Saturday, August 13, 2005

N.C.'s original copy of Bill of Rights home again after long, strange odyssey


Courtesy of the State of North Carolina Archives and Records Section

North Carolina's copy of the original Bill of Rights was carried by federal marshals back into the Capitol in Raleigh from which it was taken.

RALEIGH, N.C. -- George Washington sent it to North Carolina in 1789 as an inducement to the hesitant colony to join a new union, and it was snatched away in the chaos following a tumultuous Civil War to restore that same union.

In the years that followed, North Carolina's missing copy of the original Bill of Rights passed from a Yankee soldier's rucksack to an Indianapolis family to a Connecticut antique dealer. It hung in a bank building, a library, even a nursing home, and was secreted around the country in apparent attempts to sell it to the highest bidder.

This month, the long, strange trip of the prized parchment valued at up to $40 million came full circle when it was carried by federal marshals back into the same Greek-revival Capitol from which it was taken.

"North Carolina's stolen Bill of Rights may have been out of state for nearly 140 years," Gov. Michael Easley declared as he took custody of the fragile animal skin, "but never out of mind."

Tar Heel tenacity was, in part, behind Washington's decision to send the 13 original states handwritten copies of the Bill of Rights.

North Carolina and Rhode Island refused to ratify the Constitution until certain individual rights were guaranteed. What Washington sent them by courier was a list of 12, 10 of which would become known as the Bill of Rights. (Notably, the rights to free speech, religion and the press that we know as the First Amendment were No. 3 on the original list.) It was signed by John Adams, the first vice president.

In April 1865, with Union Gen. William Tecumseh Sherman turning his sights on Raleigh, Gov. Zebulon Vance ordered the state's archives moved out of the city. Apparently, the order didn't include the Bill of Rights.

Gen. Judson Kilpatrick's 3rd Cavalry Division took Raleigh on April 13, a day before the nation's attention would turn to the assassination of President Abraham Lincoln.

Newspaper accounts tell of a state Capitol in confusion, with troops ransacking records and seizing strategically valuable lighthouse lenses that had been stored by the Confederates in the building's rotunda.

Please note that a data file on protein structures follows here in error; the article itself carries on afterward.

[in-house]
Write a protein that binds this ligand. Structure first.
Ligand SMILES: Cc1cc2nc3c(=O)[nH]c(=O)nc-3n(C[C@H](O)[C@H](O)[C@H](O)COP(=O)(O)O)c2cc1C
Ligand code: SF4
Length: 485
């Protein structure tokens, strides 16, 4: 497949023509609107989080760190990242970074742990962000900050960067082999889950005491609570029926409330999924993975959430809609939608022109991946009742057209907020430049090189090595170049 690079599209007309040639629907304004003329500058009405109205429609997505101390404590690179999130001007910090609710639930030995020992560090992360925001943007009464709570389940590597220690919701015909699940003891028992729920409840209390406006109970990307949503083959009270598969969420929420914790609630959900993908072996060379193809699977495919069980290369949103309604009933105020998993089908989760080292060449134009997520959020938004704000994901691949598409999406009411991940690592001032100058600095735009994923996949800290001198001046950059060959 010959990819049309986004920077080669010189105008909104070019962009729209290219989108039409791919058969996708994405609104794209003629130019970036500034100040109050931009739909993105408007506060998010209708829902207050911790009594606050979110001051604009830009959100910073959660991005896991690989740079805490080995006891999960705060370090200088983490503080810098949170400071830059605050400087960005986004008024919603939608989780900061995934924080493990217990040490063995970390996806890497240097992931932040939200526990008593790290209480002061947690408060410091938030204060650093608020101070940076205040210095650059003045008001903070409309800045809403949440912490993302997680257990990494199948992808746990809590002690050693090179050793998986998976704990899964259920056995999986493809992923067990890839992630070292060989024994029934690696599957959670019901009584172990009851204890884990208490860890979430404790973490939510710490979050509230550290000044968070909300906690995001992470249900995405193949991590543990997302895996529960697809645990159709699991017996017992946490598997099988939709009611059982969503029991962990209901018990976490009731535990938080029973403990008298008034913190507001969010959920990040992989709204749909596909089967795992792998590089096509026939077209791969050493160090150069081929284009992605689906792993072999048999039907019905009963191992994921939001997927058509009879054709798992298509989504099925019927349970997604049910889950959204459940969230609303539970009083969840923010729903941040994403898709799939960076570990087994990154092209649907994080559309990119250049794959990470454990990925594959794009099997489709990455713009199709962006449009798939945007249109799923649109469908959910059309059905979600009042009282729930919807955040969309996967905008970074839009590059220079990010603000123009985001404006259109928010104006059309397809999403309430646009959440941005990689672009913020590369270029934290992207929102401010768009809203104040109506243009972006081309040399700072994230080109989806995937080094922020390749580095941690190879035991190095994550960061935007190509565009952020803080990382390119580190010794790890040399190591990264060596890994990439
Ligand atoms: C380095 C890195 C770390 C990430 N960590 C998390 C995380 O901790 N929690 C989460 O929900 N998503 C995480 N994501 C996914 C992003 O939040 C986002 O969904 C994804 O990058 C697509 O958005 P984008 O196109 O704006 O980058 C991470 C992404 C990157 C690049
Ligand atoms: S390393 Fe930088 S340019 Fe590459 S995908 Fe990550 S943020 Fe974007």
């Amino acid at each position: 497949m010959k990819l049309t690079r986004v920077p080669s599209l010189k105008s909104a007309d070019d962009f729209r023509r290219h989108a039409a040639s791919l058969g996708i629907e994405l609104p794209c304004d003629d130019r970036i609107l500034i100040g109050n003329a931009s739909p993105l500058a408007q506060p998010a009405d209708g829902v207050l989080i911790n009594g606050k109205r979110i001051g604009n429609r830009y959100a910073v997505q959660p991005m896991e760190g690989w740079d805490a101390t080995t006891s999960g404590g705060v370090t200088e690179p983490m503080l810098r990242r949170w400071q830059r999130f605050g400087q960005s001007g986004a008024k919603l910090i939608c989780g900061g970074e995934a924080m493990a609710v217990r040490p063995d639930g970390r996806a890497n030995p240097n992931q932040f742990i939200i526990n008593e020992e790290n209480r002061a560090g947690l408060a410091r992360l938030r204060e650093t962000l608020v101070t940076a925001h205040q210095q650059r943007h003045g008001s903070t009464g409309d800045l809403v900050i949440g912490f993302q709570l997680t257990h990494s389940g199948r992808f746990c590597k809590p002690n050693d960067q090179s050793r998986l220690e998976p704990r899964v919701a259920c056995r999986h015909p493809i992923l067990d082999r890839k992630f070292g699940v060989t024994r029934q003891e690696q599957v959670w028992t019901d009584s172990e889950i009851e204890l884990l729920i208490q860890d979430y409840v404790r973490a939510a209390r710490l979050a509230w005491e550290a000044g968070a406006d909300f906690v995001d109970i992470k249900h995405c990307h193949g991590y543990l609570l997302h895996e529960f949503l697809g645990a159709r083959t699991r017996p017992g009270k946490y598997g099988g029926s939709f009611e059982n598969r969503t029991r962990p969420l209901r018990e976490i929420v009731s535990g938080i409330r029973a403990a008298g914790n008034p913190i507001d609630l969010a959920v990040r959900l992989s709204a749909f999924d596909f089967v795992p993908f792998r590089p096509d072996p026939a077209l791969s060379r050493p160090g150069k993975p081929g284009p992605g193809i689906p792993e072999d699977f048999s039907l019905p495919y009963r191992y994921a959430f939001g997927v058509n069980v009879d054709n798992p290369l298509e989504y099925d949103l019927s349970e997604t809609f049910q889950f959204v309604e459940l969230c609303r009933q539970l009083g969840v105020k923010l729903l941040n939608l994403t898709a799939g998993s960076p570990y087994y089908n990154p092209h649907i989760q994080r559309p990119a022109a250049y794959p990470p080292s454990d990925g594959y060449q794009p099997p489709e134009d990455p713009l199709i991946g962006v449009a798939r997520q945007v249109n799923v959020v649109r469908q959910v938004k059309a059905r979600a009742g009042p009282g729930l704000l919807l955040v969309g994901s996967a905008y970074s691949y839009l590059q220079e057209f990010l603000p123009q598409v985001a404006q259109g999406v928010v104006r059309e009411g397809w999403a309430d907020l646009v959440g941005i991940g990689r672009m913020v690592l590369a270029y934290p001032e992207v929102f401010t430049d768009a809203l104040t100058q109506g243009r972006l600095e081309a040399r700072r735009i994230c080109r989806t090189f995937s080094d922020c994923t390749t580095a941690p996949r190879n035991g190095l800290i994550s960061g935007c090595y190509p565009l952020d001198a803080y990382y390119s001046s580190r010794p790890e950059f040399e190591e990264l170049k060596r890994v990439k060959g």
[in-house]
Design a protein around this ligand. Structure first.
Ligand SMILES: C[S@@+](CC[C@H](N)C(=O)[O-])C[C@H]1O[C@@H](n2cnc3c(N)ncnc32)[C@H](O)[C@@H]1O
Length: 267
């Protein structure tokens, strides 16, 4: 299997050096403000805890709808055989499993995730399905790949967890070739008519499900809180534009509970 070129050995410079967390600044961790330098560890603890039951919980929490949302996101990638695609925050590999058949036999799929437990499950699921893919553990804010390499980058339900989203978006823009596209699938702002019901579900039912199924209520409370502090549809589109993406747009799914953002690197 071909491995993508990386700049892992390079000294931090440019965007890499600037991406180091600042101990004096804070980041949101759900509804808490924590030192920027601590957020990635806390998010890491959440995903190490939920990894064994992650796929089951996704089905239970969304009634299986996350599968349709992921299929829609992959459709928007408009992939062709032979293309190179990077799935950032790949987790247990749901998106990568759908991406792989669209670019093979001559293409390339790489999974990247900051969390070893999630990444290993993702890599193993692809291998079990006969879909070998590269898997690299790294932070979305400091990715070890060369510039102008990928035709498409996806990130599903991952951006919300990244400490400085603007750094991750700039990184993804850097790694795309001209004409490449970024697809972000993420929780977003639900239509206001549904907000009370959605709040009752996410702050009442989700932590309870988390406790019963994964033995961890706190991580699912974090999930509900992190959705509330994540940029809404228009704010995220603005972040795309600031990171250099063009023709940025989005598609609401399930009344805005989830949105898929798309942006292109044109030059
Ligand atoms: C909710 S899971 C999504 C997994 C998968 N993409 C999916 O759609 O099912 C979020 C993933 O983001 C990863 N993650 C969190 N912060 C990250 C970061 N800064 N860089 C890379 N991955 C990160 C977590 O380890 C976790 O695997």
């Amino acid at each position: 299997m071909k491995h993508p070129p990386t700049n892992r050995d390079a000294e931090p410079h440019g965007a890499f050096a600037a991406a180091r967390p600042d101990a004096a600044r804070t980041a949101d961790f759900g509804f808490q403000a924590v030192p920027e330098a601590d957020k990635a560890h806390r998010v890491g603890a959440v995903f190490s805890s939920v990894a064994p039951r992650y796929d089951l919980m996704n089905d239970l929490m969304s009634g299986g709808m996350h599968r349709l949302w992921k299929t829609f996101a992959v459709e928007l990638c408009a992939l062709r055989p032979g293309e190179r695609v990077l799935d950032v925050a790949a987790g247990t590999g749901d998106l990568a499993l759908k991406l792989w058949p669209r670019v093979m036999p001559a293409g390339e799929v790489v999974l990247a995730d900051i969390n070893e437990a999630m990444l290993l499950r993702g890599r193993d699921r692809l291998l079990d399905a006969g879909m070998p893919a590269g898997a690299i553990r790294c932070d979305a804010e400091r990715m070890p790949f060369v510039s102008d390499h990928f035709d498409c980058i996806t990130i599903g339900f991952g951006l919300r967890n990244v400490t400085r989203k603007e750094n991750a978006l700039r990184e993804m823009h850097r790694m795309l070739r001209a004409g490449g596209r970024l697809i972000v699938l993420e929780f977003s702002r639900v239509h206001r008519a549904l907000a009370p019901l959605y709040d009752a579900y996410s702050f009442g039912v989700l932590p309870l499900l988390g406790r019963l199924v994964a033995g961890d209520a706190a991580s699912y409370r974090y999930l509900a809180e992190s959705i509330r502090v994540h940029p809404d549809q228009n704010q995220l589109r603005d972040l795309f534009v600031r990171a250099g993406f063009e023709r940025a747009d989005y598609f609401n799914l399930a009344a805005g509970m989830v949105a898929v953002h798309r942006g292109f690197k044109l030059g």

Capitol historian Raymond Beck says Union soldiers apparently used old state records to wrap these lenses for transport to Washington.

Beck thinks one of those soldiers "recognized the document and its value and slipped it inside his shirt or jacket and made off with it."

In 1877, the secretary of state and treasurer of North Carolina apparently learned that the document was in Indianapolis and traveled there to try to get it back.

The case lay dormant for two more decades, when the Raleigh News & Observer reprinted an article from the Indianapolis News. The headline blared: "Stolen Historical Relic Taken from the Capitol here by a Yankee."

According to the article, a News reporter found the Bill of Rights hanging on a wall at the Indianapolis Board of Trade Building. Charles A. Shotwell, a wholesale merchant, told the reporter he had purchased the document from a Union soldier from Tippecanoe, Ohio, who had been in Sherman's army.

"I believe it cost me $5," he said. The reporter described the document as 28 inches wide and 32 inches long.

"It is perfectly preserved, the ink in some places still a jet black, but for the most part a rusty brown; the handwriting is admirably plain, free from all flourishes and regular as copper plate."

After receiving an appeal from his North Carolina counterpart, Indiana Secretary of State William D. Owen offered to do what he could to broker the document's return.

"Mr. Shotwell is a stranger to me," he wrote, "but my judgment is, that with genteel and courteous treatment, he will not be unreasonable in the matter."